“SUP?” (Road Trip Part IV)

Life is limitless, and knowing this is what the spirit is.” -Macklemore

My mom, Mary and I arrived at the beach for paddle board yoga just before 7AM. I was ecstatic, pee-your-pants, Deathly-Hallows-midnight-premiere levels of excited. (Most pivotal moments of my life thus far, in descending order: birth of my sister, receiving my pre-ordered copy of Harry Potter and the Deathly Hallows, moving into college. So this was pretty damn exciting.) The sun had just begun to rise over the expanse of green trees at the other side of the pond; a gentle breeze made tiny ripples in the stunningly blue water; a neat row of colorful boards awaited us at the pond’s edge, complete with anchors, paddles, and optional life vests. I was pretty sure we’d just found heaven.

“SUP,” or Stand-Up Paddleboard Yoga, had been a source of intrigue for my mom and me ever since we subscribed to the Athleta catalogue. Not to mention the second I found out about the catchy acronym I wanted to find a paddle board yoga instructor and ask, “hey, what’s SUP?” (Anyone? Anyone?) The aura of mystery and grace surrounding SUP yoga was both intimidating and attractive. My mom, Mary and I felt absolutely confident in two things: 1) the practice would be magical, and 2) we were going to suck at it.

An impressively athletic-looking woman pulled up to the beach a few minutes after we did. We all openly stared at her as she got out of her car and started walking over to the pond.

“Yup, she’s toned,” Mary observed. “We’re done for, ladies.” My mom and I nodded in grim agreement. It was clear we were out of our league.

But the sun was shining, the pond beckoned, and our awesome instructor Amy assured us that most of her clientele signed up for class with no prior paddle boarding experience. So when she said the word, we grabbed our boards, sat squarely on our knees, and began to paddle out on the water.

The board was far more stable than I had imagined it would be; after just a few minutes of practice on my feet I could comfortably rock from side to side, shifting weight from one foot to the other. I paddled like Amy had instructed us to, driving the blade straight down into the water and smoothly pushing it back to propel myself forward. The landscape sprawled out in front of me like a painting, calm and unassuming in the quiet morning air. I listened to the lapping of the water against my board. I hummed a little tune. I imagined hitting pause on the world outside the pond, stretching out that gorgeous, peaceful moment so I could live in it for a few eternities. A few minutes later we dropped our anchors to begin practice.

To our complete surprise, we really didn’t suck that badly. The yoga practice itself was relatively mellow, with your basic sun salutations and victorious breath through the nose. My personal favorite was downward facing dog; I let my head hang and looked back between my legs to find the same stunning beauty of the picturesque pond, but upside down. The water became the sky. The trees along the opposite bank were growing downward. My first thought was that the view was breathtaking; my second thought was that Mary’s board was floating directly behind my mom’s, and with the kind of hip-raising that the pose called for, her head was probably painfully close to my mom’s butt. I chuckled to myself and really hoped that was the case.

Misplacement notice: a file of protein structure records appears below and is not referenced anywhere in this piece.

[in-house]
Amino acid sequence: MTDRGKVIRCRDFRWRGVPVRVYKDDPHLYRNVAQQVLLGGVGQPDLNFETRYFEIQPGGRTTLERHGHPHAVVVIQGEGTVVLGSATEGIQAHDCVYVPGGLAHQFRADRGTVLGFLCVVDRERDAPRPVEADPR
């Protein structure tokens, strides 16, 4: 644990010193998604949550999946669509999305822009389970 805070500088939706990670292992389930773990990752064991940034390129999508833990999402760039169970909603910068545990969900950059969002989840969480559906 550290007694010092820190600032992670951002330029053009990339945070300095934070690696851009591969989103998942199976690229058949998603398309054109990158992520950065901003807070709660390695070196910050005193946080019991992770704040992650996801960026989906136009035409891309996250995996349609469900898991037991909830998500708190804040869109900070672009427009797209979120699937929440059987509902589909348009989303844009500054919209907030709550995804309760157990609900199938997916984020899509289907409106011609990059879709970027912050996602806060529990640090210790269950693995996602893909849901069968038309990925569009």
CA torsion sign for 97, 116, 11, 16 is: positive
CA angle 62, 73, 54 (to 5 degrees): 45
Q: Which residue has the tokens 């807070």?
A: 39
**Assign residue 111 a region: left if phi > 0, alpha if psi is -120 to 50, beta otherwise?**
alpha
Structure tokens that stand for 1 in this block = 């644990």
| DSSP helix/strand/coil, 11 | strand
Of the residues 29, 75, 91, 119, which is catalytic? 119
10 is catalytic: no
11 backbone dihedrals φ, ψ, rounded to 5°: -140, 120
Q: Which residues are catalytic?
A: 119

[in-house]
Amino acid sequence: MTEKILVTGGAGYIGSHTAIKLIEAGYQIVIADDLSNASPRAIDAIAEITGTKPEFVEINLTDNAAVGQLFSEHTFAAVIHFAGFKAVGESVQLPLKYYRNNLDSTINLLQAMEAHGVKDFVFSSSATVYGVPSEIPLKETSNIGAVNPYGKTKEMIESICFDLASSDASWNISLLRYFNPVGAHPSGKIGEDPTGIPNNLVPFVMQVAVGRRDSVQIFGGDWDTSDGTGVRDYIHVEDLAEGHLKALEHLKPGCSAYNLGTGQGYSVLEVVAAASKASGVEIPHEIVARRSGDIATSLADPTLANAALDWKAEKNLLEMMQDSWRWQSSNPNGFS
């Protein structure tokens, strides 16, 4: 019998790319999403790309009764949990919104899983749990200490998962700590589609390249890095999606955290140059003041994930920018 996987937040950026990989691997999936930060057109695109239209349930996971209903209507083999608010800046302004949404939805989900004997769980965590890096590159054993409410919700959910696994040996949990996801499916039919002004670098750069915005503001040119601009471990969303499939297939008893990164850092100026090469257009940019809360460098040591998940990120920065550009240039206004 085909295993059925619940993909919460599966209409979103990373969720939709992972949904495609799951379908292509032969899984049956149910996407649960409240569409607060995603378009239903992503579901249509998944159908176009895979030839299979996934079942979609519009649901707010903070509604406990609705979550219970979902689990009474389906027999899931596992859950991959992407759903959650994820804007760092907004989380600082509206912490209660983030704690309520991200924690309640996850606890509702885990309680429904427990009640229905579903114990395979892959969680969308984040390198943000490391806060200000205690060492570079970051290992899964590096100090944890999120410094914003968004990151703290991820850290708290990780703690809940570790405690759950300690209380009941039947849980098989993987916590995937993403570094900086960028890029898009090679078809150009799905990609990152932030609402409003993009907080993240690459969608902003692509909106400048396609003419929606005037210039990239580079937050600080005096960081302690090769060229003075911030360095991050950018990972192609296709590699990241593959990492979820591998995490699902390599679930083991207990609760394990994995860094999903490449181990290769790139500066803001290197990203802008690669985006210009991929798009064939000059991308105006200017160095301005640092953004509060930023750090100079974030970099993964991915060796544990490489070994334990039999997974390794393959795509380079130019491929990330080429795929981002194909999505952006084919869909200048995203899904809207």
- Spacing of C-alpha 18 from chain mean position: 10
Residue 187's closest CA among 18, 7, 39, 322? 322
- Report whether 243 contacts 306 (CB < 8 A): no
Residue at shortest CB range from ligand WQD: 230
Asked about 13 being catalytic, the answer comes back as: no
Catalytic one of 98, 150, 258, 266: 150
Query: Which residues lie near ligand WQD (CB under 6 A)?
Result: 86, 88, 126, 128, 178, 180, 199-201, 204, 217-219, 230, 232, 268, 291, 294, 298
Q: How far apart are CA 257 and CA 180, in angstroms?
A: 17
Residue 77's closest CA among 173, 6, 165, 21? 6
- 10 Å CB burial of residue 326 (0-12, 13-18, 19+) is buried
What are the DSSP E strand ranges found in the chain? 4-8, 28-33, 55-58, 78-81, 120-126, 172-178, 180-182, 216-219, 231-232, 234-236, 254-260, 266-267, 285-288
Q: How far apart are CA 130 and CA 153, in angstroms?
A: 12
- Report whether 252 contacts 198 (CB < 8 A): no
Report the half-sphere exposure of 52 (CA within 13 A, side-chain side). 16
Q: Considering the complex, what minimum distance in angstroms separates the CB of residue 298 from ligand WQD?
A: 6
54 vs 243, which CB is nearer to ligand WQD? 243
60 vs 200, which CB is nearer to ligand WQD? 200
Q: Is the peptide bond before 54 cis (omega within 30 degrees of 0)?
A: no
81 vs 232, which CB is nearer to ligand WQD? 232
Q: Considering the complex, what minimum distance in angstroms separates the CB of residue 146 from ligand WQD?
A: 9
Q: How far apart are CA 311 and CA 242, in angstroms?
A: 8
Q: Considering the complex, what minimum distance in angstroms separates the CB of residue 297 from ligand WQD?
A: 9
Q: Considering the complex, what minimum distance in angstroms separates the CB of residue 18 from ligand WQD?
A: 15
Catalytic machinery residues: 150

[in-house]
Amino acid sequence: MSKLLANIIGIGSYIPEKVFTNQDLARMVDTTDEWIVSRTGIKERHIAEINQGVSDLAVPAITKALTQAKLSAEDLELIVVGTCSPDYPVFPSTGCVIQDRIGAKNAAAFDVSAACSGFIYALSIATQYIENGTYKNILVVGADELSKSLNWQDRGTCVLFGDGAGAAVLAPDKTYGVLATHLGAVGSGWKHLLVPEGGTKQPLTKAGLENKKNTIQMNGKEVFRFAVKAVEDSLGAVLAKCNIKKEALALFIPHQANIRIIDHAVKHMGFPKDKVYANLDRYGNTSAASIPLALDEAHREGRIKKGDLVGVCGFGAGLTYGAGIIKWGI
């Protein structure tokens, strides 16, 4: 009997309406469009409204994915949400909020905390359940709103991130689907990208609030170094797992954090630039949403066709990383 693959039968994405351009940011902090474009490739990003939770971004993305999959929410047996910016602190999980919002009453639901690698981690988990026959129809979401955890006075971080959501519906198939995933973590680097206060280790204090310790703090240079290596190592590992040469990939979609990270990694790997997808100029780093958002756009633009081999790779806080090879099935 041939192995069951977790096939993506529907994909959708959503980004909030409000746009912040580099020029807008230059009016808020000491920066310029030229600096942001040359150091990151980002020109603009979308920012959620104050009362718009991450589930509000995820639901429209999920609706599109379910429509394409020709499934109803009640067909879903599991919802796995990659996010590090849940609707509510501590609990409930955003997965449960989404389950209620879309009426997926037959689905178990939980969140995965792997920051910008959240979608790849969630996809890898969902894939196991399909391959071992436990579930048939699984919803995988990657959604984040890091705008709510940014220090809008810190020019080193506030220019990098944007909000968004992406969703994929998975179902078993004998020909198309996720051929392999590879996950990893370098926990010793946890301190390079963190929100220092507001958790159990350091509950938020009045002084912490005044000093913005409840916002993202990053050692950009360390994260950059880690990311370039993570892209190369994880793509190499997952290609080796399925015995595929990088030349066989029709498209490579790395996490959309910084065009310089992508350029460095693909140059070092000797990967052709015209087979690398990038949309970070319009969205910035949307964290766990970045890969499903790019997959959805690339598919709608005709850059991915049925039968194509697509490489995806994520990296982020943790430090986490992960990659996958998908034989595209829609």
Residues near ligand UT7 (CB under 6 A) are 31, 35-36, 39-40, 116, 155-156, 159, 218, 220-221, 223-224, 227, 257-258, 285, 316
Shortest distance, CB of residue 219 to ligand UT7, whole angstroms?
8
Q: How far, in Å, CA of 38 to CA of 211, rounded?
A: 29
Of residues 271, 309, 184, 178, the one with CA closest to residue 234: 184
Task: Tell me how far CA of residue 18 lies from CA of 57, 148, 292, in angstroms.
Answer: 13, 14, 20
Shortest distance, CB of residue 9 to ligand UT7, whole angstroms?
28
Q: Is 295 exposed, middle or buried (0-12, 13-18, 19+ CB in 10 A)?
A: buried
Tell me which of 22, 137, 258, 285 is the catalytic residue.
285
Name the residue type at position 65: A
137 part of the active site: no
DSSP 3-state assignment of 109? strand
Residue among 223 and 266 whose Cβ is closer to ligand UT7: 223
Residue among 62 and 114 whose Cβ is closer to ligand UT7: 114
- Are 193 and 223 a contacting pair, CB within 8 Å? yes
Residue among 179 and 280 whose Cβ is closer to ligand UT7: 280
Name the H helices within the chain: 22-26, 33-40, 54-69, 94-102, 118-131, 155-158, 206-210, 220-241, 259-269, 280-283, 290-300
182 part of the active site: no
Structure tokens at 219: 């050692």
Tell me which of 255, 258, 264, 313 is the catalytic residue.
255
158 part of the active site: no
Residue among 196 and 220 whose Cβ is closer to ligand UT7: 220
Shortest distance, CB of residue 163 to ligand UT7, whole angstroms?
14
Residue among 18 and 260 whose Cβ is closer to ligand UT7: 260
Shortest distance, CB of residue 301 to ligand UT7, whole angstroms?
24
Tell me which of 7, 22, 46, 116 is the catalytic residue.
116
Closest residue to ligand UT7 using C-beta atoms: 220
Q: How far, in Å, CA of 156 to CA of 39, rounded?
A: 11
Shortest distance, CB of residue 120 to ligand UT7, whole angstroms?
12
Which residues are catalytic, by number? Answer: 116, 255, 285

There were a few points at which I could’ve easily tumbled off the board and into the cool blue water, but somehow, I didn’t.  The instructor laughed at my mom as she kept wheeling her head around to look at Mary.

“I can’t see you back there!” my mom exclaimed.

“That’s the point!” Mary answered contentedly. All three of us somehow managed to stay comfortably upright all the way through practice and the leisurely journey back to shore. And, as if that wasn’t enough, the wonderfully toned woman turned out to be one of the friendliest people we’d met all week. (On the car ride home, my mom still noted with a smile, “you know, she was strong, but she really wasn’t that flexible. Definitely not as flexible as us.”)

We decided SUP yoga was by far our favorite practice of the trip; our favorite practice of our entire lives, really. Mary admitted that yes, she had been uncomfortably close to my mom’s backside, and despite whatever trauma that might’ve caused, she had enjoyed the practice so much that she planned to sign up again for next week. Somehow SUP yoga had managed to live up to our gargantuan expectations. Short of finally receiving my letter from Hogwarts, I can’t think of many experiences more magical than a morning of yoga on the water.

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Athleta, call me

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posin’ with Amy and paddle boards

4 days, 4 yoga practices, 3 beaches, new opportunities and old friends. Thank you so much to all our hosts who let us mooch so shamelessly, we couldn’t have done any of this without you. Thank you devoted readers, all twelve of you, for following along with our yoga adventure. And Mom, thanks for not killing me in my sleep even though I made fun of you on the Internet for four days in a row; goodness knows you had plenty of opportunities. You’re my favorite lunatic.

See you back here next Monday, my friends.

Namaste,
Hannah

4 Comments (+add yours?)

  1. Marcia Imbrescia
    Jul 20, 2013 @ 15:20:39

    Sounds awesome – great experiences, perfect 4 day road trip. Happy for you.

    Reply

  2. Mary Lane
    Jul 21, 2013 @ 16:42:45

    Your writing so beautifully and humorously captured the experience not an easy feat ,

    Reply

  3. Donna
    Jul 24, 2013 @ 01:58:04

    Just read your entire blog. Could not stop once I started. You are such a talented writer and you completely crack me up! So glad you enjoyed your challenge. Makes me want to try yoga.

    Reply

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